July 28, 2006 - Ed Of The Crowd
On Wednesday Night, some members of the dedicated staff of edhat.com attended a town hall meeting at Victoria Hall. It was advertised as a, “What can we do now?” session to talk about the News-Press situation. As it turned out, it was actually a rally to support the News-Press (the employees and the tradition of the paper, not the current owner). The employees who quit the newspaper were given standing ovations. And, the employees who didn’t quit the newspaper were also given standing ovations. There hasn’t been this much passion for the press since, well, ever.
We have said it before, but it’s worth repeating that the crowd at these newspaper rallies is mostly 50 and older. The News-Press issue has energized many long-time local political activists who hold dear many
of the ideals personified by the editors who quit on principle. However, it seems to the dedicated staff that this group is struggling to adopt new rhetoric for the new fight. We thought it was strange that while the topic on the table was the future of media in Santa Barbara, the 1969 Oil Spill was mentioned twice and Edhat was not mentioned at all.
Yesterday, the dedicated staff wanted to take a closer look at the citizens of Santa Barbara. We wanted to see if our generalization about the crowd at the rallies being older than the average Santa Barbara crowd was accurate. And, we wanted to verify our theory that many people living in the area today weren’t even born in 1969.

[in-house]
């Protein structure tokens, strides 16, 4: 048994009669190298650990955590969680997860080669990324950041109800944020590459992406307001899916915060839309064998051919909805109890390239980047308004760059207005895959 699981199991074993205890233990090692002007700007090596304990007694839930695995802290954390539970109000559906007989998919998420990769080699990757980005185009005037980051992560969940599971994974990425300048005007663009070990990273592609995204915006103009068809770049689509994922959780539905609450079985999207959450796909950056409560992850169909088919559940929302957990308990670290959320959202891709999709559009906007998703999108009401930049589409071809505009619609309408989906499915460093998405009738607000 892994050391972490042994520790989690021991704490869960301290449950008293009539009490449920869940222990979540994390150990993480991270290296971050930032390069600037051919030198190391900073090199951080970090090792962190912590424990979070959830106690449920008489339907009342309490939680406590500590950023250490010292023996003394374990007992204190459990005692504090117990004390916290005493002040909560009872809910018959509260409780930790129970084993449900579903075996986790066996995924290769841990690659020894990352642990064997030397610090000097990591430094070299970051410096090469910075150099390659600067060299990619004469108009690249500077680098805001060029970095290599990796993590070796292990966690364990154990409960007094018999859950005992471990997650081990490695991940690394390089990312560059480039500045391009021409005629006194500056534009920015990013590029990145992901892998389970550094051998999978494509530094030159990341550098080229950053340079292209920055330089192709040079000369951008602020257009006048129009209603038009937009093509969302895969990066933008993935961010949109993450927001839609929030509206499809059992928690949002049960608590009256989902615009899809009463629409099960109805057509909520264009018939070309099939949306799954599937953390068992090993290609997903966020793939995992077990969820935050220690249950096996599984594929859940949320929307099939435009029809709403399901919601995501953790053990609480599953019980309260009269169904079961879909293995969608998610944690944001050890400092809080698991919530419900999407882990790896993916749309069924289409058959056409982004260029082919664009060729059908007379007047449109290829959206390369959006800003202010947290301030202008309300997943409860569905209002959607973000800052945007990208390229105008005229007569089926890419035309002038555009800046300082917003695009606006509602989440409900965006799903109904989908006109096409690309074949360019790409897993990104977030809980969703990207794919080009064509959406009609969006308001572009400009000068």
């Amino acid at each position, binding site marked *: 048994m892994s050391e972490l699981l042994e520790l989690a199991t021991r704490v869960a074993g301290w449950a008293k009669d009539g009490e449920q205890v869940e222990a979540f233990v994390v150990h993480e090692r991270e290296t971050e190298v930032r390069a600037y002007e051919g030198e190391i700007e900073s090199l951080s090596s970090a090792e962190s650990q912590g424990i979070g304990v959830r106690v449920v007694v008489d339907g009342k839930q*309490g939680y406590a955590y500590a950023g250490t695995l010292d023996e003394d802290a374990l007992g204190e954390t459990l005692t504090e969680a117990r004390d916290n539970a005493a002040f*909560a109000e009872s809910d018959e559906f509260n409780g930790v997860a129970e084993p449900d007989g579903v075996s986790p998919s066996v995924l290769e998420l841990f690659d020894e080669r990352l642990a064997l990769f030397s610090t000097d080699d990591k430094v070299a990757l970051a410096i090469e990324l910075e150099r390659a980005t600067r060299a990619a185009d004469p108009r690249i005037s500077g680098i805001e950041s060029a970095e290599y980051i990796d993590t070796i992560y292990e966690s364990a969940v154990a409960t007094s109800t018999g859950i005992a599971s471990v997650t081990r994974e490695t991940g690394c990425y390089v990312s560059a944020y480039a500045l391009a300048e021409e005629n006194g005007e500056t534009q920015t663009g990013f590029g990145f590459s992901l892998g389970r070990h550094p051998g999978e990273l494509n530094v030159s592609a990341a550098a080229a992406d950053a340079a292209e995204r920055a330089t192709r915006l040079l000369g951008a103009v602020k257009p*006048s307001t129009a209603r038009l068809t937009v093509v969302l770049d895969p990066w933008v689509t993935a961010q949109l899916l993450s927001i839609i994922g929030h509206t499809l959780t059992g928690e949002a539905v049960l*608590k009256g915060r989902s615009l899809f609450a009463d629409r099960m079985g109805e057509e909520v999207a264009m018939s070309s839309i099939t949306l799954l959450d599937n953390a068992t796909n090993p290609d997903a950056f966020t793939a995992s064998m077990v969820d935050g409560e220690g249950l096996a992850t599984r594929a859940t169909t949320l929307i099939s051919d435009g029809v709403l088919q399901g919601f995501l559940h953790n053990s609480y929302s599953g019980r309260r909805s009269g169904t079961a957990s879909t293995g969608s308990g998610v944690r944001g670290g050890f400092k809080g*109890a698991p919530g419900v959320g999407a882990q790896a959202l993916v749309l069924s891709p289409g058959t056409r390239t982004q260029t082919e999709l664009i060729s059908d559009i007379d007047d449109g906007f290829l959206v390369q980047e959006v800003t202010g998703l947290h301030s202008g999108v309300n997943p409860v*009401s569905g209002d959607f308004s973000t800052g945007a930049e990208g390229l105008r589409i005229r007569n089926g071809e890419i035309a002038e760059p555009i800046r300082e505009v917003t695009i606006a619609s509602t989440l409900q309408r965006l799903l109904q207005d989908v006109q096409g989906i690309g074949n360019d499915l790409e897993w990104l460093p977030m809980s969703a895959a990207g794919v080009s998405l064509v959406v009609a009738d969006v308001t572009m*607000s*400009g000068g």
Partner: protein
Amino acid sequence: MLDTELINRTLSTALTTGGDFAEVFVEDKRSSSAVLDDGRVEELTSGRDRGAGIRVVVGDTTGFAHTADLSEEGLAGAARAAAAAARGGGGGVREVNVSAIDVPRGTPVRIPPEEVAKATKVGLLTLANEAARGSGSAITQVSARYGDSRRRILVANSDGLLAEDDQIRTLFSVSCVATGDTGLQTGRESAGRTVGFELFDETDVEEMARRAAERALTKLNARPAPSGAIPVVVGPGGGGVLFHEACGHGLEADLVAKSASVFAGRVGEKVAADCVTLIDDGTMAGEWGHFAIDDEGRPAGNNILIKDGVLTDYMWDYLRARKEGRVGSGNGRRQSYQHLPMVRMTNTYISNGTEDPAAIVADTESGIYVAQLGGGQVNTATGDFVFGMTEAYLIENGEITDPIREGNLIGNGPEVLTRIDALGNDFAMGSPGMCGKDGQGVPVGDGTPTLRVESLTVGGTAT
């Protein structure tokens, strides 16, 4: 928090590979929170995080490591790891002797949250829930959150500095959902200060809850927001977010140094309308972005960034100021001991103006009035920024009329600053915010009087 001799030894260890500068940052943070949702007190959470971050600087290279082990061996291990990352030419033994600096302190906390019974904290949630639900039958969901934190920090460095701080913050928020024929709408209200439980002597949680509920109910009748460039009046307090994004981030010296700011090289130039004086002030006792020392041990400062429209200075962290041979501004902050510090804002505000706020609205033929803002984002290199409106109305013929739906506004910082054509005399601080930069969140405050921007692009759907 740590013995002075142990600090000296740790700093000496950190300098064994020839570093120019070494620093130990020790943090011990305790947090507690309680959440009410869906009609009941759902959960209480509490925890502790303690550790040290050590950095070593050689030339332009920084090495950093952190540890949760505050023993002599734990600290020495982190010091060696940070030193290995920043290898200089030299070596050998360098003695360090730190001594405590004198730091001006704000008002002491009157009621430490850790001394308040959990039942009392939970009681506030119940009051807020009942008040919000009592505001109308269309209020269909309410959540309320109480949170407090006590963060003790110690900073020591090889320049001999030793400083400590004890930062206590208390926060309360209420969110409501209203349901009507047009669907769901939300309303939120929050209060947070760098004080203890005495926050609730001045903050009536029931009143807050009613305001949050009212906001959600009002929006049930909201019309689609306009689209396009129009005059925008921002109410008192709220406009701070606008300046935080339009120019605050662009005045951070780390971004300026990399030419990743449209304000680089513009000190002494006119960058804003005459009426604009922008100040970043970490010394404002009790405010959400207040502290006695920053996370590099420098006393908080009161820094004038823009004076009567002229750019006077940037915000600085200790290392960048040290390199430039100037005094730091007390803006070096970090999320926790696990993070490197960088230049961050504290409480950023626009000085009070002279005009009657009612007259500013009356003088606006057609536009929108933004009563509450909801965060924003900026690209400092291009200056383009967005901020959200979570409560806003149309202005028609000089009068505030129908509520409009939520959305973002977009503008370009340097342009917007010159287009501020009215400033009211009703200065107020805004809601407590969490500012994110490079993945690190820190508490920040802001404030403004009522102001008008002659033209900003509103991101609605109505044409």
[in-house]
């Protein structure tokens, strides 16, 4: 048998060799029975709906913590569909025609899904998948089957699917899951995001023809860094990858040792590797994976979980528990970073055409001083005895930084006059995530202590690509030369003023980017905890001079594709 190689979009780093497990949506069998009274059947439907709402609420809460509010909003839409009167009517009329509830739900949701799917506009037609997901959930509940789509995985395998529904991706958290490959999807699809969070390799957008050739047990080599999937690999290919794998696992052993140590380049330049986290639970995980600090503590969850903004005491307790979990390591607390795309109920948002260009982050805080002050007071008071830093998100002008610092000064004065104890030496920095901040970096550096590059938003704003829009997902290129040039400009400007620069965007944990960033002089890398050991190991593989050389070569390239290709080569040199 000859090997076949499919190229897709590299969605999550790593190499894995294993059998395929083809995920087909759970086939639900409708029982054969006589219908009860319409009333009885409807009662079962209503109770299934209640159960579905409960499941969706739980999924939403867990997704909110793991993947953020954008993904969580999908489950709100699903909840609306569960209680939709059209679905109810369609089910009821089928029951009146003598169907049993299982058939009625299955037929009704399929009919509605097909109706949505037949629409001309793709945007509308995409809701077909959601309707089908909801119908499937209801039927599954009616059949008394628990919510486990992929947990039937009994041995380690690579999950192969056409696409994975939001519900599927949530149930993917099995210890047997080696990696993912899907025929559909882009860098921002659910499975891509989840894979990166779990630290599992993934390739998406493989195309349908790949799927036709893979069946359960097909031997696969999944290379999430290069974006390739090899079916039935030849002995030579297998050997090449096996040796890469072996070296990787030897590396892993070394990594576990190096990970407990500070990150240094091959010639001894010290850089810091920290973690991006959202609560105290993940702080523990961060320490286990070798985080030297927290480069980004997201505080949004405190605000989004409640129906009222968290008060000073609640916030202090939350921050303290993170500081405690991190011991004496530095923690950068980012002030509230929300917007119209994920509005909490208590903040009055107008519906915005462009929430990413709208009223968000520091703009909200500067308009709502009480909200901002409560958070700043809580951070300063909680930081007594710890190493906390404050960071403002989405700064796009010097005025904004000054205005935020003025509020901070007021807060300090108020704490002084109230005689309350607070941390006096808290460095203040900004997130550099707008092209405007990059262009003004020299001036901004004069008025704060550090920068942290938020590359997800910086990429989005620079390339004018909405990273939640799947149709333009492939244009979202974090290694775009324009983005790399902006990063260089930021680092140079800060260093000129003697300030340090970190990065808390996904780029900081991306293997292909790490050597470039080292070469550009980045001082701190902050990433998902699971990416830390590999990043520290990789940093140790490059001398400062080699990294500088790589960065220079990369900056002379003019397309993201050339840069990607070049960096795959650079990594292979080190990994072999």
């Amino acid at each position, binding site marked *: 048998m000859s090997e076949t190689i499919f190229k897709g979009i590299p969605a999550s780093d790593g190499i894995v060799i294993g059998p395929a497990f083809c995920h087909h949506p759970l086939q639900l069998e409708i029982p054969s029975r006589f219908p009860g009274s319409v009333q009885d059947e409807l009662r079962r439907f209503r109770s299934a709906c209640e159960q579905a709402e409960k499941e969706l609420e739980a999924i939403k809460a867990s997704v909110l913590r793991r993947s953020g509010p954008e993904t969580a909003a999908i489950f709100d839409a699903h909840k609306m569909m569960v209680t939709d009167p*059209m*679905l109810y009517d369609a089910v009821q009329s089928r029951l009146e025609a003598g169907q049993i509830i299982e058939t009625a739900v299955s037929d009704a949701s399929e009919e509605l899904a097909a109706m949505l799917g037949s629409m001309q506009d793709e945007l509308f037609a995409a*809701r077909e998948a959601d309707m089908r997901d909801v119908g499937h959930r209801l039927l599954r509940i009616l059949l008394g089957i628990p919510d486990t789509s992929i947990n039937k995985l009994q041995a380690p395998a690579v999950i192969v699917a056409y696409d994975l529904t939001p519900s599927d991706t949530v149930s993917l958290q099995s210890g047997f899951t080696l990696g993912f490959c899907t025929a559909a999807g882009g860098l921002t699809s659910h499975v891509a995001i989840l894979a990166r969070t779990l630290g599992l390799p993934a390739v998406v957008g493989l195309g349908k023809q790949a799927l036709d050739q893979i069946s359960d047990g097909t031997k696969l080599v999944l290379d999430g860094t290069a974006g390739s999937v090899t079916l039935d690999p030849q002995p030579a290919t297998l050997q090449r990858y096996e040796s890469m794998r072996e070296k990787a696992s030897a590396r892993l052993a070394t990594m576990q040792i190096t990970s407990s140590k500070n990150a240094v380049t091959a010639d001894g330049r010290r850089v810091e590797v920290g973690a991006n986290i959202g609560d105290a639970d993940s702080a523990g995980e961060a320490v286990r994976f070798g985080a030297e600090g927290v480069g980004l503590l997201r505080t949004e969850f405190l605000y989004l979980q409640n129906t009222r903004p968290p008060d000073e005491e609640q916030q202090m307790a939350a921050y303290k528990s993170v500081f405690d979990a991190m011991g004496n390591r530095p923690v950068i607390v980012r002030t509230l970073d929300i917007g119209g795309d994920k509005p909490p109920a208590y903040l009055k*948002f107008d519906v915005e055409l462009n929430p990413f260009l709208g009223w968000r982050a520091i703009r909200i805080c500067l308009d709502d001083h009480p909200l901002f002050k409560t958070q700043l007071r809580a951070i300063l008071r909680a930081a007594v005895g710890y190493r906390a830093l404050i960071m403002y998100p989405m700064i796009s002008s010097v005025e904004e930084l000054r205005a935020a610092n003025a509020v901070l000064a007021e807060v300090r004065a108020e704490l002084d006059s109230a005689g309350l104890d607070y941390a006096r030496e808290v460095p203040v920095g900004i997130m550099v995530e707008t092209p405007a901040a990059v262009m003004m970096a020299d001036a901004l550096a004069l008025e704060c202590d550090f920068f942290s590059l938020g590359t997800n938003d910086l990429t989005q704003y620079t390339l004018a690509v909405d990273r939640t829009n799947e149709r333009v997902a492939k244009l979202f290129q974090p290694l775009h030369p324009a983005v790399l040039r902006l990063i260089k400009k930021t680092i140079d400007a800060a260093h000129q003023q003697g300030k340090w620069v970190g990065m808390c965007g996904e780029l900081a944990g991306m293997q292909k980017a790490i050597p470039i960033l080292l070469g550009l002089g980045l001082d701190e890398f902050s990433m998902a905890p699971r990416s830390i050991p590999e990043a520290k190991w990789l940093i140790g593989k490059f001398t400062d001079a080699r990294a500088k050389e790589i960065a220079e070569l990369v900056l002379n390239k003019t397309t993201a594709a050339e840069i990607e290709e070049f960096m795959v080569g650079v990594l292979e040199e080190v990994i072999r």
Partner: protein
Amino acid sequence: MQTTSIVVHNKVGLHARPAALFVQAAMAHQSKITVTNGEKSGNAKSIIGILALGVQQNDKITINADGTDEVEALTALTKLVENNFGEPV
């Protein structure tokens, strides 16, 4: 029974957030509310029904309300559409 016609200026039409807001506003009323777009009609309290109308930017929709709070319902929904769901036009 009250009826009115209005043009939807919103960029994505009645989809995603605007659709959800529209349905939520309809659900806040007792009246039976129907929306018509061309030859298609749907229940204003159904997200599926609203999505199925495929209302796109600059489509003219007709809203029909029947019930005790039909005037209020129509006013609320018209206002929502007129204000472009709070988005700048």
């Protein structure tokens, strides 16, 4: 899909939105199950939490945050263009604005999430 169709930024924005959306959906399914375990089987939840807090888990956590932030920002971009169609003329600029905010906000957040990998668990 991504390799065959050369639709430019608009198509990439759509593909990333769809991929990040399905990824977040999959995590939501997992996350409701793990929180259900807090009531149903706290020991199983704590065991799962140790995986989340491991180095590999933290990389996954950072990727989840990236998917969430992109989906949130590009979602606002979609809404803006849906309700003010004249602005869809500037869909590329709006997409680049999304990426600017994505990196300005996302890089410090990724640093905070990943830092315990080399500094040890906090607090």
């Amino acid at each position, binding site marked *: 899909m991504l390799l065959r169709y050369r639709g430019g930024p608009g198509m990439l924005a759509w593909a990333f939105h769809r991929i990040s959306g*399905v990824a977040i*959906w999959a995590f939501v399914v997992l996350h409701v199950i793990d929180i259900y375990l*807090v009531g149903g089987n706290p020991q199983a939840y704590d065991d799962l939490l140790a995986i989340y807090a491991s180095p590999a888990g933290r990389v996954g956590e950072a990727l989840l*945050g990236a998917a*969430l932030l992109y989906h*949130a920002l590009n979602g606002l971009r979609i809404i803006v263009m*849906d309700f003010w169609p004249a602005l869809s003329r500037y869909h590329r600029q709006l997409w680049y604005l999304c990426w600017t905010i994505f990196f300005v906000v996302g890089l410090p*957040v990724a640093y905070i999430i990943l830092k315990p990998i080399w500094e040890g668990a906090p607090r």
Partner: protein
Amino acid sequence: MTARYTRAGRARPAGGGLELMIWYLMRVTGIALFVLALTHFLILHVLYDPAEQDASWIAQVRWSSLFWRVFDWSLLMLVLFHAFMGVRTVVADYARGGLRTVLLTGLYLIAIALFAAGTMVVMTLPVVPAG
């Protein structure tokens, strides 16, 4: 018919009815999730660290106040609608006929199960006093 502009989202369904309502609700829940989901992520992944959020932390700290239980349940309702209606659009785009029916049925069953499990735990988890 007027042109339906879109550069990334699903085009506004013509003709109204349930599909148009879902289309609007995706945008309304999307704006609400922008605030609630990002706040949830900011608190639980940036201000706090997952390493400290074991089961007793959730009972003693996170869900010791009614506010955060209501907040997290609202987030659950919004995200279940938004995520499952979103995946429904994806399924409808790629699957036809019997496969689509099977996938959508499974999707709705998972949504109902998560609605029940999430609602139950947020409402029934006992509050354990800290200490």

Ed told us that there is not better place to find the average Santa Barbara local crowd than at Trader Joe’s. Everyone shops there, right?
To make things more interesting, Ed decided that we should check out all three of the TJ’s in town (Milpas, De La Vina, and Calle Real). In order to have our observations relevant to each other, we surveyed all three stores at the exact same time. That way we could do some comparative shopping with the results.
Even though we were looking at the crowd in general, we selected yesterday’s contest as something that we could count objectively - comparing male/female ratios at the different stores. And, in order to make the count simultaneous, we deployed three dedicated staffers with synchronized watches and calibrated tally counters to each of the three locations. When the clock struck 5:00 PM exactly, the counting began.
After the data was gathered, our three dedicated staffers met back at the office to compare numbers and observations and to share the food items we bought.
One brought chocolate cat cookies. Another brought unsalted tortilla chips. And the third brought beer.
First off, we should report that in our collective subjective opinions, our age gauge does not appear to have been off. Even when factoring in a conservative margin of error around the age we assume people to be and what age they actually are, it’s as clear as bottled water that there is not much intersection between the ages of the people at the newspaper rallies and the people sampling the free food at Trader Joe’s.
Secondly, we report that the overall ratio of women to men shopping at Trader Joes in the after-work hours is two to one. Breaking that down by store, it’s 31% male on Calle Real, 35% male on De La Vina, and 37% male on Milpas. By a very close margin, Janie Lee (30%, 35%, 40%) wins the Edhat t-shirt – very popular with the younger crowd.
The three pictures above were taken at each of the three Trader Joe's. Guess which one is which and then click here to see if you are correct
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